The Department of History invites students to reimagine the traditional ways we carve up geographical space by examining not just the histories of nations but also those of regions, trade, and cultural exchange. History teaches a way of thinking, a way of questioning, and a way of wondering about the world. After all, the past is never really fixed.
History undergraduates gain insight into diverse beliefs, social arrangements, and technologies that have shaped human experience and given it meaning. We ask students to do much more than memorize facts; we ask them to solve intellectual puzzles, to evaluate conflicting evidence, and to assess different scholarly interpretations of the past.
Our distinguished faculty has organized its strengths into 15 different fields of study and 7 cross-field research clusters. These are: Gender and Sexualities; Empires and Borderlands; Commerce, Commodities and Material Cultures; Religion, Cultures and Society; Science, Technology and Society; Pre-Modern Cultures and Communities; and Public History and Theory.
UC Santa Barbara defined Public History as a profession in 1976, with a Rockefeller Foundation grant to train historians for public and private sector careers beyond conventional academic employment.
The Center is an interdisciplinary research and education initiative that aims to expand public understanding and discussion of important issues facing working people through an undergraduate minor, a graduate-level colloquium, conferences, and workshops.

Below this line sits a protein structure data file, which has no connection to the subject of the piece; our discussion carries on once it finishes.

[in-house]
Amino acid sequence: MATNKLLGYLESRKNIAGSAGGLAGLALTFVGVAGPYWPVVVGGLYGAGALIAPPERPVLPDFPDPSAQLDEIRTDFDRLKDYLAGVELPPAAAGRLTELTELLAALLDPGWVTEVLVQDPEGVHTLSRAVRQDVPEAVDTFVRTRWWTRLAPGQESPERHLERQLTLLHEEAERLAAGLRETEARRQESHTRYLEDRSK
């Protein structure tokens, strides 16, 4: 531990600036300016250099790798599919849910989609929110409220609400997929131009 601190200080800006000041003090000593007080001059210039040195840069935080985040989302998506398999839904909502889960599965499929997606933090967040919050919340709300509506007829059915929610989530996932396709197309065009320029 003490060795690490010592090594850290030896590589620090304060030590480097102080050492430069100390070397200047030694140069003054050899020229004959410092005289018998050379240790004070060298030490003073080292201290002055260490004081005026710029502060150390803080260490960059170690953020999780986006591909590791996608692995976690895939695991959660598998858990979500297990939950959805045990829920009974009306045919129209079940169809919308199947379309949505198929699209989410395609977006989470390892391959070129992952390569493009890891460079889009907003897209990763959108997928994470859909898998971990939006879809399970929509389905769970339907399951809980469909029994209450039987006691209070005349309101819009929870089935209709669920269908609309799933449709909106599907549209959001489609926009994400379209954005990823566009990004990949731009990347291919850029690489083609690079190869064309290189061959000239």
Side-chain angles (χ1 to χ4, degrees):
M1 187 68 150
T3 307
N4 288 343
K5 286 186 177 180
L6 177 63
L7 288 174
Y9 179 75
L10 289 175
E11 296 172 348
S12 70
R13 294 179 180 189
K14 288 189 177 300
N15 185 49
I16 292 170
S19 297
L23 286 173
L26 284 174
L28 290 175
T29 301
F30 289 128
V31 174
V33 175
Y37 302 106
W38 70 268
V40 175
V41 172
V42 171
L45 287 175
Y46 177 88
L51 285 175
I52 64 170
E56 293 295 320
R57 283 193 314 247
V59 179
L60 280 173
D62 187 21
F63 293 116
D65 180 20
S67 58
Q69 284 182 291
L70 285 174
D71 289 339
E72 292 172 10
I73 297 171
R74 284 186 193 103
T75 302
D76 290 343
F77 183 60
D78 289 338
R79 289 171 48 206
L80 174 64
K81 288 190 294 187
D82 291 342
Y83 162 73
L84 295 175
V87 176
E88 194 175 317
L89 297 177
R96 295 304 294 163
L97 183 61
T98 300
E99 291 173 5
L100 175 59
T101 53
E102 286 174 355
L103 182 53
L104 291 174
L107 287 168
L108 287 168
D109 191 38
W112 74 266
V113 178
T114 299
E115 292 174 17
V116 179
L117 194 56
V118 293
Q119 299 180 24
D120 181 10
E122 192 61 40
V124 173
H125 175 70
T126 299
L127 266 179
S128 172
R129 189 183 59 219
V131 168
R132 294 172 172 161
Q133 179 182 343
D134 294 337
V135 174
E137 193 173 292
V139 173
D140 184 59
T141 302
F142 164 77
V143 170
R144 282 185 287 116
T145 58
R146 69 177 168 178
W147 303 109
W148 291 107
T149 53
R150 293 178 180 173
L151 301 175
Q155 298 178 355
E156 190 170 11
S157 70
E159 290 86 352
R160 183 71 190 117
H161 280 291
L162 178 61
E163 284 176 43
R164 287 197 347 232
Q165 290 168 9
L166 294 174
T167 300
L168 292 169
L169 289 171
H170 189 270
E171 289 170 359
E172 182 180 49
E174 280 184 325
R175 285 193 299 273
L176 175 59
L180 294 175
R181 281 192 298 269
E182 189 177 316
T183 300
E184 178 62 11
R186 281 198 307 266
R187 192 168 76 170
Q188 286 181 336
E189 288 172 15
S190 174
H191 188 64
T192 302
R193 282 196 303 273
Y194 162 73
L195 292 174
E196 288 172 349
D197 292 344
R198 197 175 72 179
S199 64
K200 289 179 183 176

The Center for Cold War Studies and International History is a leading international center dedicated to the study of the Cold War era, promoting discussion and scholarship on topics related to the study of the Cold War, broadly conceived.
History News & Features
In a series of video interviews, Humanities and Fine Arts professors share thoughts on the merits of their fields and their most rewarding experiences as teachers and researchers.
Historian Jane Sherron De Hart’s new book “Ruth Bader Ginsburg: A Life” marks the first full biography written about the second female U.S. Supreme Court Justice. But the biography wasn’t an easy accomplishment. In a talk hosted by the UCSB History Associates last weekend, De Hart spoke about the challenges she faced while writing the biography.
Tea has long been one of the most popular commodities in the world. In her book, A Thirst for Empire: How Tea Shaped the Modern World, UC Santa Barbara professor Erika Rappaport takes a deeper look into the historical value of the global tea industry, and how it ultimately shaped our contemporary consumer society.